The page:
The Colette Clover Muslin version 1
Unlike some people, I have pants/jeans that fit me really well. Those dang Gap jeans must be woven with angel hair or something ’cause they fit like a glove. The only problem I tend to experience with them is that they stretch out even with only 1% spandex (I’ve checked).
But any time I try to make my own skinny jeans/pants I always hit major roadblocks in fit. My friend said it’s because my hands are too big, insinuating that Gap jeans are made by exploited Chinese children (which is probably true, ugh) whose tiny fingers are able to sew the perfect fit.
So why try to venture into the world of skinny pants once more? Well, this winter I realized that I only own two pairs of pants, both jeans, and one pair can only be worn with heels meaning I’ve lived in the same pair of skinnies for the past 3 months straight. I wanted some non-jeans but didn’t want to buy some 50% polyester trousers that I would sweat through in the dead of winter so here I am again, facing down the seven levels of pants sewing hell. Will I make it through Dixie’s Inferno??
The Pattern: Colette’s Clover pants. I’ve made the Juniper Trousers with success but ended up deciding I didn’t like the wide leg look. But I figured those pants and the Clovers must be based on the same block so if the Junipers fit fairly well than the Clovers might work, too. Obviously the Clover pattern is meant for stretch wovens and the Junipers are a much looser fit but the crotch curves are almost identical.
The Fabric: Some stretch sateen from Joann. It’s cotton with 3% spandex. Nothing special.
The Changes (that need to be made): To start I sewed up a size 4 with no changes just to see how it looks. These pictures are the first version.
So let’s go around and see what changes need to be made, shall we?
First of all, I want to lower the waist band. These are a mid rise which isn’t bad but I’d rather have a lower waist. This is good, actually, ’cause that means I’ll eliminate the small darts in the back which I think are contributing to some pull lines.
Now for fit. The most obvious thing I notice from the front are those pull lines pointing to the crotch. I think I have a solution to that. From what I know of stretch skinny jeans I have this theory that the front crotch curve has to be very very slight, hardly a curve at all, or else the fabric pulls right across to that point. These pants have a small curve but I still think that’s too much. I’m going to shave off the front curve and transfer the excess to the back pattern piece and see if that helps.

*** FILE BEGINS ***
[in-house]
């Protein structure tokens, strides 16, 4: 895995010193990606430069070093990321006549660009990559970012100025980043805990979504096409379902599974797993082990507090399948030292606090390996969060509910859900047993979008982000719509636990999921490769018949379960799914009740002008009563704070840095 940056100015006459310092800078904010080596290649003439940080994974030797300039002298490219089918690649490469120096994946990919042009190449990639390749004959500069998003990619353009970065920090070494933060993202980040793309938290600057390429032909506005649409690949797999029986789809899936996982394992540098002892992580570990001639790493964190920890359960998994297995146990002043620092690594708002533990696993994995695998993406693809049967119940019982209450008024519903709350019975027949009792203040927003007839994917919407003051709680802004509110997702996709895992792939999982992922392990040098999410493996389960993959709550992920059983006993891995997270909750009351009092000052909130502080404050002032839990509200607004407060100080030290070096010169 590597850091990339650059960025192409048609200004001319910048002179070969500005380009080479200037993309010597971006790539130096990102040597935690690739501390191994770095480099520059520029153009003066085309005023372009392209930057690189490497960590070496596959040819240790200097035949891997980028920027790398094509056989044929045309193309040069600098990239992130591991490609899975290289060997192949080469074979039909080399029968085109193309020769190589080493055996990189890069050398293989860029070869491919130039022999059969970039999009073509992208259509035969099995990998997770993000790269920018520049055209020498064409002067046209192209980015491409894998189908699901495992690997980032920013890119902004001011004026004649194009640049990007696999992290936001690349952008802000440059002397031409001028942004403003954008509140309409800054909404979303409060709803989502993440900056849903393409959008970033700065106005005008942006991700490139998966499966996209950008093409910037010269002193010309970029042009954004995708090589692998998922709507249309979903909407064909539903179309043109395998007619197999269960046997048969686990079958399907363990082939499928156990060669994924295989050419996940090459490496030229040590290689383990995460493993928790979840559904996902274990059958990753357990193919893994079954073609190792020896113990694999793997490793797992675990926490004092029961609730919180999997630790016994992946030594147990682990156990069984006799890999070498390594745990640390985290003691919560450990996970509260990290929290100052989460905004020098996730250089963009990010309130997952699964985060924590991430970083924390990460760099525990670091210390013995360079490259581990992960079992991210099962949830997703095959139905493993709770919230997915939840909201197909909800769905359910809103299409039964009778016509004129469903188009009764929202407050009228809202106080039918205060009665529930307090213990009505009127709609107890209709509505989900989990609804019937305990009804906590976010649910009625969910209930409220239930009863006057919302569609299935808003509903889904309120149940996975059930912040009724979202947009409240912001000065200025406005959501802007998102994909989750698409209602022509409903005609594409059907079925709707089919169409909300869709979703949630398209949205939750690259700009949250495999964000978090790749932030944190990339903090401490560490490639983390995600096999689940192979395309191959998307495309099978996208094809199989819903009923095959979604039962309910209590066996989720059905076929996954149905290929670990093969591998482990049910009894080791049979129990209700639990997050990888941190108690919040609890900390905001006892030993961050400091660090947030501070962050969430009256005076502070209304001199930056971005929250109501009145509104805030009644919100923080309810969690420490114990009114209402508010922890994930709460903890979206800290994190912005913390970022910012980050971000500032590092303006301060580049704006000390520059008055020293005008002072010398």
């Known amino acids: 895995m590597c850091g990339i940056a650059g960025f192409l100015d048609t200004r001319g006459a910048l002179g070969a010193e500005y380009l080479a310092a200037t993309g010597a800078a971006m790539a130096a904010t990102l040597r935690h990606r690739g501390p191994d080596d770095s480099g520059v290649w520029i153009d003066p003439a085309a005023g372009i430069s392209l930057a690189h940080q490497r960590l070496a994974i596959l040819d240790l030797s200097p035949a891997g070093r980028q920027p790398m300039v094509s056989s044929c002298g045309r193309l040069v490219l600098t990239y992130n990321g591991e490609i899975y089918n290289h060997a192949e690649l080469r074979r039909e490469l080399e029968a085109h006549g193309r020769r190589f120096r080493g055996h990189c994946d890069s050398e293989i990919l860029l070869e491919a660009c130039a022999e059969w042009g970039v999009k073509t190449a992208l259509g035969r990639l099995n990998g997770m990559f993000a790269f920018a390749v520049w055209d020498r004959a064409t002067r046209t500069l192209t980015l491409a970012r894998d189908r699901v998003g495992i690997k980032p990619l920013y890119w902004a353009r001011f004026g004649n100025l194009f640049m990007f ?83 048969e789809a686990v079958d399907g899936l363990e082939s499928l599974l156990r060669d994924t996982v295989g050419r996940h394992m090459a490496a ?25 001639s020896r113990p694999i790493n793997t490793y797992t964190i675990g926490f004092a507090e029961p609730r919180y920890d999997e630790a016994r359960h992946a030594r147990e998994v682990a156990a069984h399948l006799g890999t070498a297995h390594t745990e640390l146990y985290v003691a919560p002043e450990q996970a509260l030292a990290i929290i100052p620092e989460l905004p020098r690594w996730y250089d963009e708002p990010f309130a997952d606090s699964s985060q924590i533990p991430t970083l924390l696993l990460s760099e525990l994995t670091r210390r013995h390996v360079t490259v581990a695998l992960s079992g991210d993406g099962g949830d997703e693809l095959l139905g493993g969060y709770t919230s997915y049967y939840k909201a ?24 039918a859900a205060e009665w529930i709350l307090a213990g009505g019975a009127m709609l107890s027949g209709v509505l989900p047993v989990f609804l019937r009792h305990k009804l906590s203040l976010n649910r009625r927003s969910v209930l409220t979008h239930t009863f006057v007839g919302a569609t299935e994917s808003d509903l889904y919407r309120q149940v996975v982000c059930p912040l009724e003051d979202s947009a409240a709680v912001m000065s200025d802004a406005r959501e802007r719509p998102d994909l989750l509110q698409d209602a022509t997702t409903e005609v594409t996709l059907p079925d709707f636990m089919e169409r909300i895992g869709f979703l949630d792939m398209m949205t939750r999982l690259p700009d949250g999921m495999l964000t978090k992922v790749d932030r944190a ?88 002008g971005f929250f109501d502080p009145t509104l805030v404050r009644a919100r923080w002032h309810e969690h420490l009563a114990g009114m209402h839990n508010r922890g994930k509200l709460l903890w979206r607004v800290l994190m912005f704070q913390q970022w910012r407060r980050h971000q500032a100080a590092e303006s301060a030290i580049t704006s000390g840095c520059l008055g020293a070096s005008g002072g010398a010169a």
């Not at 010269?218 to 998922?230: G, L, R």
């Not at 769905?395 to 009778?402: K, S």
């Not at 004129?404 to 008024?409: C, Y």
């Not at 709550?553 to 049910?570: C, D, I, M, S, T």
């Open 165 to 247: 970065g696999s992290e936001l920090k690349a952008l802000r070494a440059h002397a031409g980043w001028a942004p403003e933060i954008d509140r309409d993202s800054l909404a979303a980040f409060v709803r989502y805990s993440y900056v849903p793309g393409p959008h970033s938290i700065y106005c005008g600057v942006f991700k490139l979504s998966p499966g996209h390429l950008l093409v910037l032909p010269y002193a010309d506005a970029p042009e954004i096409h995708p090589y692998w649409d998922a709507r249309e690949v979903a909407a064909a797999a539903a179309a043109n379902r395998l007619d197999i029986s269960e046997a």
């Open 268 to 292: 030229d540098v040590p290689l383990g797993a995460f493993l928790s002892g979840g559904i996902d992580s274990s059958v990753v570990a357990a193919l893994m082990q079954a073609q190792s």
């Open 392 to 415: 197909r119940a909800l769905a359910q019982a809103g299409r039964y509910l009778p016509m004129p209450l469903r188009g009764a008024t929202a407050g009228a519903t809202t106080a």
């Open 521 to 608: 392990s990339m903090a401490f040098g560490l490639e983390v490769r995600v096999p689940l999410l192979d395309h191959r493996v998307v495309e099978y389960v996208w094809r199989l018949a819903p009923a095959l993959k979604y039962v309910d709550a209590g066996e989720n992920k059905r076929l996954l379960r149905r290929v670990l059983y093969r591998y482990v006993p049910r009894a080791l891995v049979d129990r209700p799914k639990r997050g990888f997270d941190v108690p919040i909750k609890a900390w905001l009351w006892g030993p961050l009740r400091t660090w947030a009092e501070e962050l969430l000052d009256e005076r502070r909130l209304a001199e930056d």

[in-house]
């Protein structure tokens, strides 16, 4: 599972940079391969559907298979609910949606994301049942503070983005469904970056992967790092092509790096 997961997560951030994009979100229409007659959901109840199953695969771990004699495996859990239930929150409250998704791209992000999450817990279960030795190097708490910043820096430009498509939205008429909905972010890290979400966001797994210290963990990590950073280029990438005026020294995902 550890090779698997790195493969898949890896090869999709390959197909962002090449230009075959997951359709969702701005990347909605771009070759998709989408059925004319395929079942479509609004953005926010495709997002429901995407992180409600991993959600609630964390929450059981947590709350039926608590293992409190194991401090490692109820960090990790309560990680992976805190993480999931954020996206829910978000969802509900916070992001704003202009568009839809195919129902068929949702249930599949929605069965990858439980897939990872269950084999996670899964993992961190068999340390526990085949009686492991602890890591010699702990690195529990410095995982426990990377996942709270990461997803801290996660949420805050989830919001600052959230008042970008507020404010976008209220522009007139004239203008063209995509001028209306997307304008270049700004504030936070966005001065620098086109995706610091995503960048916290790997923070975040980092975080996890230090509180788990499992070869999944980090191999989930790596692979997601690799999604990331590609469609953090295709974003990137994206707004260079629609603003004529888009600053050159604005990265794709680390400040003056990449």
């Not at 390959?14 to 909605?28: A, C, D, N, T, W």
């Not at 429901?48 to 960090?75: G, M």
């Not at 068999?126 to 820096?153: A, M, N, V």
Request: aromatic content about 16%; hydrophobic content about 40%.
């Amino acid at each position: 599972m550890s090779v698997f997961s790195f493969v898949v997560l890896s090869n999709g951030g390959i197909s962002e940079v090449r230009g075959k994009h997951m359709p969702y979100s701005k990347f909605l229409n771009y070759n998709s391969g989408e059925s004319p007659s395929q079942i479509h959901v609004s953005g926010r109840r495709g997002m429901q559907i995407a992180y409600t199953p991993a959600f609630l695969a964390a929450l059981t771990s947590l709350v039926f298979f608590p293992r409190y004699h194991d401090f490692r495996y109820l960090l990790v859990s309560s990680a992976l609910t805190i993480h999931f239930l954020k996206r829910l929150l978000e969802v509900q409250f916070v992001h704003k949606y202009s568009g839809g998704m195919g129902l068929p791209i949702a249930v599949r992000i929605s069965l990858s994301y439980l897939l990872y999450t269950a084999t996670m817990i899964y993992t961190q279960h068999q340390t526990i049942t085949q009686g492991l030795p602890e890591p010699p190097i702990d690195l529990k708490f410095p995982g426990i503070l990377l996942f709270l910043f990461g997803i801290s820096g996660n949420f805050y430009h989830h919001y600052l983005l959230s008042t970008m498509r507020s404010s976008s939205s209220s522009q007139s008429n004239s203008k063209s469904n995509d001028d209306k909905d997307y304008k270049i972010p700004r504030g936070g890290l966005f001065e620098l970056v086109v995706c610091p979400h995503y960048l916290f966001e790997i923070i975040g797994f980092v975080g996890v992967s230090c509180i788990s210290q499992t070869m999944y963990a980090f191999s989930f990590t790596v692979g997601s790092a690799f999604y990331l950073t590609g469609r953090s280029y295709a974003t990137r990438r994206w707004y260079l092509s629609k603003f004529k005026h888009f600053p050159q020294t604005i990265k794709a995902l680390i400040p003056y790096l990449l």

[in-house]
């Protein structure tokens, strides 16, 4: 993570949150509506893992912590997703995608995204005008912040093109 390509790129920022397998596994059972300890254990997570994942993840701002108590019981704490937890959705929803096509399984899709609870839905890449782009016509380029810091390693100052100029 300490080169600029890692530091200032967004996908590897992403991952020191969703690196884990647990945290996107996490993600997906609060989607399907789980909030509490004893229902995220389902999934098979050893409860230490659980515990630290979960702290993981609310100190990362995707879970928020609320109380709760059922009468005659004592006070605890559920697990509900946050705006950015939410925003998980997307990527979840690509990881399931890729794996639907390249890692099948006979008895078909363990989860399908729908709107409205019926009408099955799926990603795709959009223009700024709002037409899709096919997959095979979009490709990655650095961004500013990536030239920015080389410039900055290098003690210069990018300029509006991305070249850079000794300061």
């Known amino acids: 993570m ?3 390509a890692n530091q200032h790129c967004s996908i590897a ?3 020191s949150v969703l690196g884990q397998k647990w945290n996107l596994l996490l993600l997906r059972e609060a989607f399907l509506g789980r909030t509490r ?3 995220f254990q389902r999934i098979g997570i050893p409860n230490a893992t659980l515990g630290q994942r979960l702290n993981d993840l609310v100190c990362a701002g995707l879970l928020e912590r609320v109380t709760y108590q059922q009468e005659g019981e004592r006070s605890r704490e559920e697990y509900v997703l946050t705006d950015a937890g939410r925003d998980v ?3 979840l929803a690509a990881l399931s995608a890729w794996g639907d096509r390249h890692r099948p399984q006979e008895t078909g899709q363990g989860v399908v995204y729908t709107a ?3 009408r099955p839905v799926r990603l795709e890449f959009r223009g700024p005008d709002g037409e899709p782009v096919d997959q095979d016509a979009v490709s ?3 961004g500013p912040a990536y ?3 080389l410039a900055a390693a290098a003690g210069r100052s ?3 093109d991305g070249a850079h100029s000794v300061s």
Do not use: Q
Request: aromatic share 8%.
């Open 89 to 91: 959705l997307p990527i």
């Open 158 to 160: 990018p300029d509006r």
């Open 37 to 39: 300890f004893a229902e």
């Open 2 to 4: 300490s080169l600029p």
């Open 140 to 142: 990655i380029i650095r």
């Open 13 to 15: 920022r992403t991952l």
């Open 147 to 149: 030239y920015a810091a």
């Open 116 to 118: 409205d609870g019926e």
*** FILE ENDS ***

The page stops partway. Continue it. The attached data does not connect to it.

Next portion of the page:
Another major problem, that calves are too tight. So much so that when I walk the fabric slides up around my thigh so I get a whole crop of wrinkles and fabric folds. I’m hoping most of that can be removed by widening the calf area.
I can already tell that the back crotch curve is too shallow and the rise is too short. From the side you can see that the waist band is lower in the back than the front. I think this rise issue is contributing to some horizontal pulling in back as well as pulling the side seam back at my waist. Once I fix the rise I’ll be able to tell if I need to widen the back pieces at the hips.
At the side hips the fabric keeps wanting to fold over on itself which tells me I need to cut out a wedge from the edge tapering to nothing at the center. I also need to flatten the side curve at the hips a bit.
From the back it’s a complete mess. Tons of wrinkles in the thigh (probably from that tight calf problem) and pulling in the hips. I think the widest point on my hips is lower than the pattern’s. I will try working on the above mentions issues first then see how many wrinkles and secondary issues still remain.
The Results: I redrafted the pattern with all those changes and I’ve cut out the pieces. Now they just need to get stitched up into Muslin V 2.0 and start the assessment process all over again.